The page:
They are tired
In 1946, freshman at the Law School of the University of Amsterdam, Hein Donner went to Groningen at the Staunton Memorial. Student Donner was rarely seen in university auditoriums: captivated by chess, he sat in the chess cafes of Amsterdam from morning till night. And even played in January in Wijk aan Zee in this tournament – the third group C, gaining fifty percent of the points.
Donner knew that not only western, but also the strongest Soviet grandmasters arrived in Groningen, demonstrating, as everyone said, new, ultra-modern chess. And the most powerful of them is Mikhail Botvinnik.
“I don’t remember how I got to the hall where the tournament was played,” Donner recalled thirty years later, “only a huge space remained in the memory, in the center of which they were sitting. THEY ARE! Continue reading
Mair Mammadov: “Always believed in Rajabov”
In Khanty-Mansiysk, the World Cup is coming to its end. Unfortunately, not one of the Russians made it to the finals and won a ticket to the applicants’ tournament. But a stranger to us continues to fight for the Cup. The representative of Azerbaijan and the Baku chess school, Teymur Rajabov, will fight in a tie-break with the Chinese Ding Liren and, perhaps, for the first time in the history of his country, will win this trophy. The vice-president of FIDE and the ASF Mair Mammadov talks about the success of his compatriot.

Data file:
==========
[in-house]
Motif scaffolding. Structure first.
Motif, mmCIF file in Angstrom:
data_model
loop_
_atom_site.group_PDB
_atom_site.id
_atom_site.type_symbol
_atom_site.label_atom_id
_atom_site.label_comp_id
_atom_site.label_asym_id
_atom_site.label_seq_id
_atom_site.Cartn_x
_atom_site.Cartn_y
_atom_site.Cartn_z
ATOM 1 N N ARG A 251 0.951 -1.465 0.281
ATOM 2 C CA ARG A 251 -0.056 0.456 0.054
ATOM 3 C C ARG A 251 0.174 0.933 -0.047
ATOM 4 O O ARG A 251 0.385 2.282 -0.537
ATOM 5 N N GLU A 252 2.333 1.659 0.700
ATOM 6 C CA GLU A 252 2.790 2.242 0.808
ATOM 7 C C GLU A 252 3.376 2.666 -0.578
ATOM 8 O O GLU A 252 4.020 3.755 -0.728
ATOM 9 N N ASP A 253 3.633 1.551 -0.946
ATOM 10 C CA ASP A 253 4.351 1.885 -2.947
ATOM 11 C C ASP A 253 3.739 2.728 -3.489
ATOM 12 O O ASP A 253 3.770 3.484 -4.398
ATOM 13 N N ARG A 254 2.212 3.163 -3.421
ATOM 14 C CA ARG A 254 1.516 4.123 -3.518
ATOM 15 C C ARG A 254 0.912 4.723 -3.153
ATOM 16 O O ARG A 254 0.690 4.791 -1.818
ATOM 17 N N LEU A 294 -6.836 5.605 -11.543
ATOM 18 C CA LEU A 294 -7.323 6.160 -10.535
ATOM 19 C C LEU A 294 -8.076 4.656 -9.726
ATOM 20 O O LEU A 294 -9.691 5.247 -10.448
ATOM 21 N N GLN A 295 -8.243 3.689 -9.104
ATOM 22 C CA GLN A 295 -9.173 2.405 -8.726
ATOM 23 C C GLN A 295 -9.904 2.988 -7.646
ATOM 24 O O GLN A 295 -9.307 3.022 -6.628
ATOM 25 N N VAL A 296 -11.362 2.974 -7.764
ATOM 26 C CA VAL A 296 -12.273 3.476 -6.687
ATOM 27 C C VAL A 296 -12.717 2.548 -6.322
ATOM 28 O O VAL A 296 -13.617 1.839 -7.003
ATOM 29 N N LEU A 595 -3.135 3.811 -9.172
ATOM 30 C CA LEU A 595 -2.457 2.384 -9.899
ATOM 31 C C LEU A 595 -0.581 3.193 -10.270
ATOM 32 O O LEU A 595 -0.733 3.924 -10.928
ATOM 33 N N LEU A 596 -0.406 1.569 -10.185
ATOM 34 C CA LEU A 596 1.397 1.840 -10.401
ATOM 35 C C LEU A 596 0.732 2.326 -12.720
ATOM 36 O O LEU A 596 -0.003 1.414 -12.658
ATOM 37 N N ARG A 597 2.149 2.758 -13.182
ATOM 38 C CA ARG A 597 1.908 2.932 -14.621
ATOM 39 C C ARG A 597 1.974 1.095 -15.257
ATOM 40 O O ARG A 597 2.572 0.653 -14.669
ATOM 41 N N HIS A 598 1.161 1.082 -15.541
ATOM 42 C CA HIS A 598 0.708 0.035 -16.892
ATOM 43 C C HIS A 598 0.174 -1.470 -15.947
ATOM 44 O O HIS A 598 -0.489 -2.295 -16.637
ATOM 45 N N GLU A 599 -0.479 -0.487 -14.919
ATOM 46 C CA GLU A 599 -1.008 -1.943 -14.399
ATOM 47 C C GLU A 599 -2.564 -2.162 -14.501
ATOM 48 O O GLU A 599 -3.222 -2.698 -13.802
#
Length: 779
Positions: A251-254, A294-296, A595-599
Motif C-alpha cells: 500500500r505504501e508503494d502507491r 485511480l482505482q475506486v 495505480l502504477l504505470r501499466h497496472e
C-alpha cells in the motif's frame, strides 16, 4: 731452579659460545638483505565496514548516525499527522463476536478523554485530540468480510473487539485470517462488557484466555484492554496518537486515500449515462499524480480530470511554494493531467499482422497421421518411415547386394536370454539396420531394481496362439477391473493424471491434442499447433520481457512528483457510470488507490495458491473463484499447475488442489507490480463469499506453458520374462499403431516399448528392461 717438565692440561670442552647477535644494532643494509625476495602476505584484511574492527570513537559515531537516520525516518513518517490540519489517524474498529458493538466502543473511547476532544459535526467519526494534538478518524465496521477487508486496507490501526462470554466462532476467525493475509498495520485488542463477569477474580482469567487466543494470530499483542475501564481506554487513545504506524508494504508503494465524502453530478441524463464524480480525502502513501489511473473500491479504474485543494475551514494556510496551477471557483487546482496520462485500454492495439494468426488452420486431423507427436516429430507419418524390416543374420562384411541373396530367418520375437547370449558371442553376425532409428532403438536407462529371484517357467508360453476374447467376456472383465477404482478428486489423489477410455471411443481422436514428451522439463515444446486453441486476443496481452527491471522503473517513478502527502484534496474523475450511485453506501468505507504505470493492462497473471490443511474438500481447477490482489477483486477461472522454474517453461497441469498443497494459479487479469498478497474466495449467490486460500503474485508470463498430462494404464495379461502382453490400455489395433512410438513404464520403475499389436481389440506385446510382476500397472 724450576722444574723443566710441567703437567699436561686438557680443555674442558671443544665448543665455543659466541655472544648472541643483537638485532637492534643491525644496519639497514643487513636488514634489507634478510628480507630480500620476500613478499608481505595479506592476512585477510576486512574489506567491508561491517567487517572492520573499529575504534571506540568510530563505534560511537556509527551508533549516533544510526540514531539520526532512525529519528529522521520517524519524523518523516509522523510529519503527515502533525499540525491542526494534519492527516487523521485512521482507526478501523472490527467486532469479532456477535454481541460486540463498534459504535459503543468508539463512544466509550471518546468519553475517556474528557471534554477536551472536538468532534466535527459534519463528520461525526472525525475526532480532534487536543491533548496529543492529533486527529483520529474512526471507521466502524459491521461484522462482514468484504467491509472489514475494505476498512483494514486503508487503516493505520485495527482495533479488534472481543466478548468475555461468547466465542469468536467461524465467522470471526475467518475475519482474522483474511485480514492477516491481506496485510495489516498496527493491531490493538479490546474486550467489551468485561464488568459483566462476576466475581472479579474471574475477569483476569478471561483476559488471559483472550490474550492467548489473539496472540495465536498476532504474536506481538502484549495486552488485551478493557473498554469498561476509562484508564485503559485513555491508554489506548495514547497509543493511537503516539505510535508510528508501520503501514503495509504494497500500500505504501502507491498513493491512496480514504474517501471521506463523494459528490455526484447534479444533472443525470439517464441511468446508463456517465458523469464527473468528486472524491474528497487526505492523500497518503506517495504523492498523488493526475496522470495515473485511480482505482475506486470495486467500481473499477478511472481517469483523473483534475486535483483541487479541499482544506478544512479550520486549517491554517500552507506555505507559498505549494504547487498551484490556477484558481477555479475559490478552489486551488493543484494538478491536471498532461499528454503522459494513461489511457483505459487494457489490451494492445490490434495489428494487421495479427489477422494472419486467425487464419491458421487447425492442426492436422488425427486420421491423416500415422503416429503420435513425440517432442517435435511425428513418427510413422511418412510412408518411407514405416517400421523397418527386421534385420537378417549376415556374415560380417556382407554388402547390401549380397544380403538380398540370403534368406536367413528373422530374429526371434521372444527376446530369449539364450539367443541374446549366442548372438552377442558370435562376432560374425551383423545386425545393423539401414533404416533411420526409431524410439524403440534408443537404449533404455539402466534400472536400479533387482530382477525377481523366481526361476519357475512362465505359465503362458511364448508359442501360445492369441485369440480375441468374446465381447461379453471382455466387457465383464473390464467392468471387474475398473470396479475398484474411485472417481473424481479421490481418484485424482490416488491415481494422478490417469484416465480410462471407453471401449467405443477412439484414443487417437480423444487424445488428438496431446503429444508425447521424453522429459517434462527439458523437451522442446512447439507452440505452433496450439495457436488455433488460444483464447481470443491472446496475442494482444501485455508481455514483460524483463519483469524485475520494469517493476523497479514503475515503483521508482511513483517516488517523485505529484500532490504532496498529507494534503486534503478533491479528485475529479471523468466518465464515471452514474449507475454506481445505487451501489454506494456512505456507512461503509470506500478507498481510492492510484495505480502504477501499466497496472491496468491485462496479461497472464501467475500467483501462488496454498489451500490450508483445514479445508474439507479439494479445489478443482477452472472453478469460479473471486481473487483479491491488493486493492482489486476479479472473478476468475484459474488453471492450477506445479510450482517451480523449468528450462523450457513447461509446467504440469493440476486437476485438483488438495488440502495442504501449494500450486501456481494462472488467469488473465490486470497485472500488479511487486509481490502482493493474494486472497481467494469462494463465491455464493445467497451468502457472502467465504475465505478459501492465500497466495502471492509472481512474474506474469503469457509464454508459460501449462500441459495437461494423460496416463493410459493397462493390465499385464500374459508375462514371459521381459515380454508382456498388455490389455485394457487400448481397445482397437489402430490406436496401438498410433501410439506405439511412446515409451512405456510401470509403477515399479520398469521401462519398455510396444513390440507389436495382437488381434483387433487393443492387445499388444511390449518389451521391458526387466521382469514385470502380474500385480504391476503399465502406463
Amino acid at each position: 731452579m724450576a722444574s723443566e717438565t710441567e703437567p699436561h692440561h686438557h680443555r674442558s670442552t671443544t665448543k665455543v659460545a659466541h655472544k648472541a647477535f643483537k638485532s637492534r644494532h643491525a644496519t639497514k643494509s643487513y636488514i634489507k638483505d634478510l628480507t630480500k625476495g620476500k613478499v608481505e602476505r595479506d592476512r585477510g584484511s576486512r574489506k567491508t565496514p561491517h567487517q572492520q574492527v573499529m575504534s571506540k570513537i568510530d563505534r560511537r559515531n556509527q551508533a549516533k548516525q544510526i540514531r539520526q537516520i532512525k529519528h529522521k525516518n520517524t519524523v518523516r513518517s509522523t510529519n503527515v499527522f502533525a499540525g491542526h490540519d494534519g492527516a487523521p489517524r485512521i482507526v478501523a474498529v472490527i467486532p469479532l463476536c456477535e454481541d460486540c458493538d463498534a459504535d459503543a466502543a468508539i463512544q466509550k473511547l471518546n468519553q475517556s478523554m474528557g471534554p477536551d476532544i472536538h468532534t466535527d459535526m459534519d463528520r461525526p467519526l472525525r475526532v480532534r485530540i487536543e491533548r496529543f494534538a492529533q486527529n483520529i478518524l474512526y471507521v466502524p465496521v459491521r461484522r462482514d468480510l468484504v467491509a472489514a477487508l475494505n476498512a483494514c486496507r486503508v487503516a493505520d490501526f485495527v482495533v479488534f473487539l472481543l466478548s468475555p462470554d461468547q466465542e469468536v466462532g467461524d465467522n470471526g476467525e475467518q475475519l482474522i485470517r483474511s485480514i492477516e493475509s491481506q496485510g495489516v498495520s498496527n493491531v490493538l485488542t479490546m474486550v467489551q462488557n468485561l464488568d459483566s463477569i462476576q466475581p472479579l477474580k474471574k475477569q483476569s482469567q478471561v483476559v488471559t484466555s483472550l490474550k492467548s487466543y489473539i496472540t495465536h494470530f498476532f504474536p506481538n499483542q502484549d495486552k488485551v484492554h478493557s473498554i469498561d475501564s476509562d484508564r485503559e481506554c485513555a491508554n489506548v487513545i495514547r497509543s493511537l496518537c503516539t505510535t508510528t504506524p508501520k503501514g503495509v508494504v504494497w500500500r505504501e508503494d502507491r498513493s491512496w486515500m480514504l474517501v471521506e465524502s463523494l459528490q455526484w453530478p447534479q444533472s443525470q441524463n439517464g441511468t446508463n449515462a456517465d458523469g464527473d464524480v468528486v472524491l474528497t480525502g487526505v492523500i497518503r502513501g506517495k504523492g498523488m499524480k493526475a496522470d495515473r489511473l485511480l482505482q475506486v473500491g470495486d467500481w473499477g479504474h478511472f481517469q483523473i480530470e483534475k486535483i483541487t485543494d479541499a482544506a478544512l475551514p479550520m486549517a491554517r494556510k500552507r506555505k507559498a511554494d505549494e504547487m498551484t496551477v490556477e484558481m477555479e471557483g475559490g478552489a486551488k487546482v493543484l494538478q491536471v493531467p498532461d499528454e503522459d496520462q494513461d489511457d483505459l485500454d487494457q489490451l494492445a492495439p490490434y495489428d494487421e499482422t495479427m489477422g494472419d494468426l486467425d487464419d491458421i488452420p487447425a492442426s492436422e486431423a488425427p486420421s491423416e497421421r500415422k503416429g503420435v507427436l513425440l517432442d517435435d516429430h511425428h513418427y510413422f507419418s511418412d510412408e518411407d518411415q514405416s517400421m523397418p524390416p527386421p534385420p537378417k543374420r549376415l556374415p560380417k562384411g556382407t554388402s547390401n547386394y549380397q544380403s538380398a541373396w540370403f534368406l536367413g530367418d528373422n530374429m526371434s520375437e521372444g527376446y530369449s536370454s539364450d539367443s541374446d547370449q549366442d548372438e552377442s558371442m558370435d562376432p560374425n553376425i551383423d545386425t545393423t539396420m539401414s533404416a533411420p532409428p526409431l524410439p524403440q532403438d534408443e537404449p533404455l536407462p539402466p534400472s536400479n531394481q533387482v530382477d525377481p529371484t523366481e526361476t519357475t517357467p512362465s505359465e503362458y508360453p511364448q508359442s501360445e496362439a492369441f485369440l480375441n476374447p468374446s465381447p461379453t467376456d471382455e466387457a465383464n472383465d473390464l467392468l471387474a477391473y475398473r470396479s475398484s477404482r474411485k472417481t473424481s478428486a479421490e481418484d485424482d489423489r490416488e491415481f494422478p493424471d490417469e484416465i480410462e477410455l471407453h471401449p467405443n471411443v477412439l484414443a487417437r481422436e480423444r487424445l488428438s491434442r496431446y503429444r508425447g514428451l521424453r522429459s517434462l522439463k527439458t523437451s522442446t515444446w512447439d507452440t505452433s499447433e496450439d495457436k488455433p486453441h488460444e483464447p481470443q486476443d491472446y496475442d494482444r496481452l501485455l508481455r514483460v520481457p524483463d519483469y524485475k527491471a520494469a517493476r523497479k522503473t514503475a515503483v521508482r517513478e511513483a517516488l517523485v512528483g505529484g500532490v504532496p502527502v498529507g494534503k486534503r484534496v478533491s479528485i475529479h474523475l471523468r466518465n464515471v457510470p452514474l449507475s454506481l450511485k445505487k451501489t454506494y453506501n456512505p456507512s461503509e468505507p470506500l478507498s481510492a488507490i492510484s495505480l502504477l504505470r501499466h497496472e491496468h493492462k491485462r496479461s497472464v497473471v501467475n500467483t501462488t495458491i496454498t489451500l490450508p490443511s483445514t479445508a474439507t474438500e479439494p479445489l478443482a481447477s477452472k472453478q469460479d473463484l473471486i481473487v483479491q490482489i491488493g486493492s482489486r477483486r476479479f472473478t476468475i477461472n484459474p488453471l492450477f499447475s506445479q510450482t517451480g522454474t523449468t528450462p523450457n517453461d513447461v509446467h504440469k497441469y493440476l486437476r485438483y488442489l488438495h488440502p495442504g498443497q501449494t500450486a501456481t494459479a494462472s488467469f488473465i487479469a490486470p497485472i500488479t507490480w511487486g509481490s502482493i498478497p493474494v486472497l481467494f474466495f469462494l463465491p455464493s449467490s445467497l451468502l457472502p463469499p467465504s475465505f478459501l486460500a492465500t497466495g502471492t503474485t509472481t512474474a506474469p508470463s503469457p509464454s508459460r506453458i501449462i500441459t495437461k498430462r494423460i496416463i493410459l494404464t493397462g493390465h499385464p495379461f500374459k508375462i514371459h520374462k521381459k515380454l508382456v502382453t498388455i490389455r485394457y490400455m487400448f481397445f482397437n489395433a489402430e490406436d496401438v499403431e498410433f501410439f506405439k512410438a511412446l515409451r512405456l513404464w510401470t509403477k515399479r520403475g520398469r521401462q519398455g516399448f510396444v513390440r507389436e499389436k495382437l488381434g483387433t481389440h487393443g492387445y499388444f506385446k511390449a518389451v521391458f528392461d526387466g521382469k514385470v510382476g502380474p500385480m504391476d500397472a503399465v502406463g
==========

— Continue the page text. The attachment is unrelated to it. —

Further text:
The winner of the sixth Gashimov Memorial is Magnus Carlsen (left) and Mair Mammadov. Continue reading
Little-known facts about the 8-time winner of the World Chess Olympiads
In the days of the USSR, his name was well known to every student, and recently, almost nothing is known about him – after he moved from Russia to America. What made him make such a decision, what secrets he kept for many years and other little-known facts – further in the review.
The real name of the chess player is Harry Weinstein. His father was of Jewish origin, and his mother was of Armenian origin, so his nationality has caused controversy more than once. Until the age of 11, Harry bore the name of his father, and then his mother, frightened by the growing anti-Semitic sentiments in the USSR, insisted that her son take her name. His parents worked as engineers in Baku, and were also seriously fond of chess. At the age of 5, Harry helped his father solve a chess study – then Continue reading